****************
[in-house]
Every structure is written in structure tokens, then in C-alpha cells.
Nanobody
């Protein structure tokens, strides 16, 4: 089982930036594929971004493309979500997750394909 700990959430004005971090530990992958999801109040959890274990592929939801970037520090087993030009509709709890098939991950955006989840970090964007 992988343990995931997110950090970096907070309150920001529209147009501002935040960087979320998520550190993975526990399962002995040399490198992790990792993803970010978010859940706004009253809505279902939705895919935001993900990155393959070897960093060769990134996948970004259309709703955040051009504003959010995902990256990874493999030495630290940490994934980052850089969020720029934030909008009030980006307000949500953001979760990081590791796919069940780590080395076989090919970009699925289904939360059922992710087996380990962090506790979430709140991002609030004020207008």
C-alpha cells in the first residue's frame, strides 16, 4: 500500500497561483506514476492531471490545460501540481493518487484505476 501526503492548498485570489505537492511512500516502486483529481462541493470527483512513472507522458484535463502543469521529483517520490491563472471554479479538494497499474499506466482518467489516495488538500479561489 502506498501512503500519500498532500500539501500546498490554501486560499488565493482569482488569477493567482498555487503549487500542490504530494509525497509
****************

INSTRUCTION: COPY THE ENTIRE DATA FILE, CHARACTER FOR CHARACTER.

[in-house]
Every structure is written in structure tokens, then in C-alpha cells.
Nanobody
């Protein structure tokens, strides 16, 4: 089982930036594929971004493309979500997750394909 700990959430004005971090530990992958999801109040959890274990592929939801970037520090087993030009509709709890098939991950955006989840970090964007 992988343990995931997110950090970096907070309150920001529209147009501002935040960087979320998520550190993975526990399962002995040399490198992790990792993803970010978010859940706004009253809505279902939705895919935001993900990155393959070897960093060769990134996948970004259309709703955040051009504003959010995902990256990874493999030495630290940490994934980052850089969020720029934030909008009030980006307000949500953001979760990081590791796919069940780590080395076989090919970009699925289904939360059922992710087996380990962090506790979430709140991002609030004020207008």
C-alpha cells in the first residue's frame, strides 16, 4: 500500500497561483506514476492531471490545460501540481493518487484505476 501526503492548498485570489505537492511512500516502486483529481462541493470527483512513472507522458484535463502543469521529483517520490491563472471554479479538494497499474499506466482518467489516495488538500479561489 502506498501512503500519500498532500500539501500546498490554501486560499488565493482569482488569477493567482498555487503549487500542490504530494509525497509